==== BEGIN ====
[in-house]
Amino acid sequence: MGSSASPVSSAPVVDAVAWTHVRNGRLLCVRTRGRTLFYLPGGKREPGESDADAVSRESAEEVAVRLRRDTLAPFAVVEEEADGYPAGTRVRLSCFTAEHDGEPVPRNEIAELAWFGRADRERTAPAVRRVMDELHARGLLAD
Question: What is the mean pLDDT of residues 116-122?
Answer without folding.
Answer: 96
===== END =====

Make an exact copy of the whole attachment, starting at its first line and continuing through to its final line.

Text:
[in-house]
Amino acid sequence: MGSSASPVSSAPVVDAVAWTHVRNGRLLCVRTRGRTLFYLPGGKREPGESDADAVSRESAEEVAVRLRRDTLAPFAVVEEEADGYPAGTRVRLSCFTAEHDGEPVPRNEIAELAWFGRADRERTAPAVRRVMDELHARGLLAD
Question: What is the mean pLDDT of residues 116-122?
Answer without folding.
Answer: 96